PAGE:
A family epic—originally published in China in 1998—that winds its way across generations of Chinese history, not always coherently.
Transport Gabriel García Márquez’s Macondo across the Pacific, and you have some sense of the setting for Xiaobin’s allegorical, sometimes fantastical novel. It opens on a curious note, as young Yushe, sensible and sensitive, undergoes a lobotomy so that, her mother insists, she might “preserve the girl’s mental health and allow her to live out the rest of her life as a normal person.” Fortunately for the development of the novel, Yushe seems little worse for the wear, while her two sisters—two, naturally, being the requisite number of sisters in a fairy tale—have travails of different kinds. Xiaobin, a writer in her mid-50s who has published several books in the People’s Republic of China, sets Yushe’s adventures and misadventures against a broad canvas that begins at the end of the 19th century and the last years of the Qing Dynasty and that ends at the turn of the present century. As the tale moves across five generations, it is not always entirely clear where in time it is, and the Western reader may be challenged in keeping its 26 major characters and many more minor ones sorted out. (The dramatis personae at the end of the book is of some help.) Punctuating the text are closely observed scenes, as when one character, shot down by police, notices a car driving away “like a soaring bird whose flapping wings stirred up the filth and dust as it flew off through the still night.” More typical, though, are rather surrealistic moments—involving, in one instance, steamy sex without regard for the fine distinctions of gender but with inventive use of flowers—and aoristic, dreamlike episodes, the better, it appears, to disguise the author’s only partly subtle critique of the Chinese state at the time of the Tiananmen Square massacre.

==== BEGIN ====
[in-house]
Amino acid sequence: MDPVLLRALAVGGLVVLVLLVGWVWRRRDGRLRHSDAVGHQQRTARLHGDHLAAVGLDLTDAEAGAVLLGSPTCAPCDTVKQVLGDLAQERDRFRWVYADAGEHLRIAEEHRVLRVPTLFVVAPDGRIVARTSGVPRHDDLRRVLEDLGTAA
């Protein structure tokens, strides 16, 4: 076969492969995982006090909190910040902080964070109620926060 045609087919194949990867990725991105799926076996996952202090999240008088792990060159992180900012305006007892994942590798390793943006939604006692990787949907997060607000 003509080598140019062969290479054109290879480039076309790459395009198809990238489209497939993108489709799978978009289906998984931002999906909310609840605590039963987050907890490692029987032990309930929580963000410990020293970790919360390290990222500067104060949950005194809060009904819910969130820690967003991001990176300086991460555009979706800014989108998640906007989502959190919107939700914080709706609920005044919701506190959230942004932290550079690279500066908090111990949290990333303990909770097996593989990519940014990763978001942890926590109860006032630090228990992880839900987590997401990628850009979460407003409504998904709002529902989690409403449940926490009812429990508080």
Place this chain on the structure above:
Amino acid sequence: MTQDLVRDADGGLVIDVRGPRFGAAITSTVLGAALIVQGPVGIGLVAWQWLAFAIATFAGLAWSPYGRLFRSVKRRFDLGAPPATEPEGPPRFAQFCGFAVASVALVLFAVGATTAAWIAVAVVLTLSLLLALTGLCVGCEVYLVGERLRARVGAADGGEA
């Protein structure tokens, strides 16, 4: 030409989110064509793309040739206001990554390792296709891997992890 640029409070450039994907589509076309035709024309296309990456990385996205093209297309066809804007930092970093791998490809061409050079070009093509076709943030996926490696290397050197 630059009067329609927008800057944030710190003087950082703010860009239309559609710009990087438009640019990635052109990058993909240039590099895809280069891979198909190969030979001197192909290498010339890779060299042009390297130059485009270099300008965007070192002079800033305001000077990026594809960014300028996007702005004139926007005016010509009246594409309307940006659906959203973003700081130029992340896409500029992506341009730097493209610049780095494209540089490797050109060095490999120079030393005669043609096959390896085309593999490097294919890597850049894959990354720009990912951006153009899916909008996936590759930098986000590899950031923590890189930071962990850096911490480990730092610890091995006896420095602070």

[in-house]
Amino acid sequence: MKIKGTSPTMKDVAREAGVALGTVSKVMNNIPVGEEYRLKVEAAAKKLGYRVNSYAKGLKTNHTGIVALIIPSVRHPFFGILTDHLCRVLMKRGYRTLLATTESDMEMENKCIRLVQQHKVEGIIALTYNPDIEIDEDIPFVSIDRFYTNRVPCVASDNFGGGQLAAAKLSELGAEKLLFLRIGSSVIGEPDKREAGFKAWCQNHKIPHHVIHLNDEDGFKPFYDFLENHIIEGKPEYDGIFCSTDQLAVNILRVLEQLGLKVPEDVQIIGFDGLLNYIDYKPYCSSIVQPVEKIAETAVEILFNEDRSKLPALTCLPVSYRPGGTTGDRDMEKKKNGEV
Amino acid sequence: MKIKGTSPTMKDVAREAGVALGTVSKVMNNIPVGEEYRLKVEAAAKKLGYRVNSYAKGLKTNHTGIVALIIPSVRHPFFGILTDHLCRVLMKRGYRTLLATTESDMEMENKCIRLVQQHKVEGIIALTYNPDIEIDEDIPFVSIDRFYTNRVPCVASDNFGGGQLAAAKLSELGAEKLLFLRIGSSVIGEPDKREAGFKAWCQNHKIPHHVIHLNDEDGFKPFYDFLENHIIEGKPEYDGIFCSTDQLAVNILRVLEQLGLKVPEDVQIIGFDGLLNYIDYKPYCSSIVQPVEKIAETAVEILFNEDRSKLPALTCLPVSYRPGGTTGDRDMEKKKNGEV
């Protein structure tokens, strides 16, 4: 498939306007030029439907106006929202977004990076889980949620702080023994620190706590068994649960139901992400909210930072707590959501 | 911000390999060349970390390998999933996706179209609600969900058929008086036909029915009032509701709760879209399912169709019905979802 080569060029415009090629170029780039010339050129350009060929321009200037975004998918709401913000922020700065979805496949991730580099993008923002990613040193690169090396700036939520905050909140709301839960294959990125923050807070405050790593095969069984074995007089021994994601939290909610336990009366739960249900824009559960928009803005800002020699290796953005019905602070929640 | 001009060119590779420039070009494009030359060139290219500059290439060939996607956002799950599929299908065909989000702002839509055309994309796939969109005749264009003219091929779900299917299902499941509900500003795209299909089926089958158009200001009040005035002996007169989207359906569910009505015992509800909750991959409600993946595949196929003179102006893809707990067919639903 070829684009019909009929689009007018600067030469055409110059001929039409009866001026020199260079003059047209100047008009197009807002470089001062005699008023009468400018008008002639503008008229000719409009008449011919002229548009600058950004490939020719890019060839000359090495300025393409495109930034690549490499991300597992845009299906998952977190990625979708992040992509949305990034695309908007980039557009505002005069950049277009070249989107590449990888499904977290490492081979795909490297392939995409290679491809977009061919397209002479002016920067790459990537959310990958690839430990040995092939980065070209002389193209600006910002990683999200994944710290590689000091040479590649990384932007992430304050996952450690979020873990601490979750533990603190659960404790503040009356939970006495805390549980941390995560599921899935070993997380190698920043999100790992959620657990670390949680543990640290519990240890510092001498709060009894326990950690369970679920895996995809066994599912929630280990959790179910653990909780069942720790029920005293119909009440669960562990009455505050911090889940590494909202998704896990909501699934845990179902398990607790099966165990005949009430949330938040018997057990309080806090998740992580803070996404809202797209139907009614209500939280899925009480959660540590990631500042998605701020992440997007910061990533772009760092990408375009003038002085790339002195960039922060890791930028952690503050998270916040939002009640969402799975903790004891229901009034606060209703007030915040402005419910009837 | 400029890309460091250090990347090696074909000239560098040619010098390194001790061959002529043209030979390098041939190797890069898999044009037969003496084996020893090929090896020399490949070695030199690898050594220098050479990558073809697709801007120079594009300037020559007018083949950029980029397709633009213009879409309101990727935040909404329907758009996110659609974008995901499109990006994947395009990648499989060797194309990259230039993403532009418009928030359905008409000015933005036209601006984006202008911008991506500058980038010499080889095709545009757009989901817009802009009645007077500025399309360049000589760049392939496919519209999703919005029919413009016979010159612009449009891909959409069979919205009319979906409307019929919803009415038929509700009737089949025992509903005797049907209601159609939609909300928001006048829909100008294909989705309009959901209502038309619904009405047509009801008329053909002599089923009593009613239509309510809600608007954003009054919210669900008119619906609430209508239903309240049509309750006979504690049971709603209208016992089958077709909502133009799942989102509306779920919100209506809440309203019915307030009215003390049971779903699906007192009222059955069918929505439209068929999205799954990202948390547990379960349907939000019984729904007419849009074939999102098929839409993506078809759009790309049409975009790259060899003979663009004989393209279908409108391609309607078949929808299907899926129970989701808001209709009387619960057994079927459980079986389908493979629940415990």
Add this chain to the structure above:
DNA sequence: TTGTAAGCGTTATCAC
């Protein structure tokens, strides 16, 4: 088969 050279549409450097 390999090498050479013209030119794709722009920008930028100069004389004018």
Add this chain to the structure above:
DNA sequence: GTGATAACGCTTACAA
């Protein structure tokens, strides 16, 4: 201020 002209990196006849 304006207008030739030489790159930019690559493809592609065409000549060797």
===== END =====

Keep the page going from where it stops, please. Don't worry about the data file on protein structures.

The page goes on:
Lyrical, sometimes difficult, and engaging—an allusive, sidelong view of Chinese history by a writer who has seen many of its darker moments.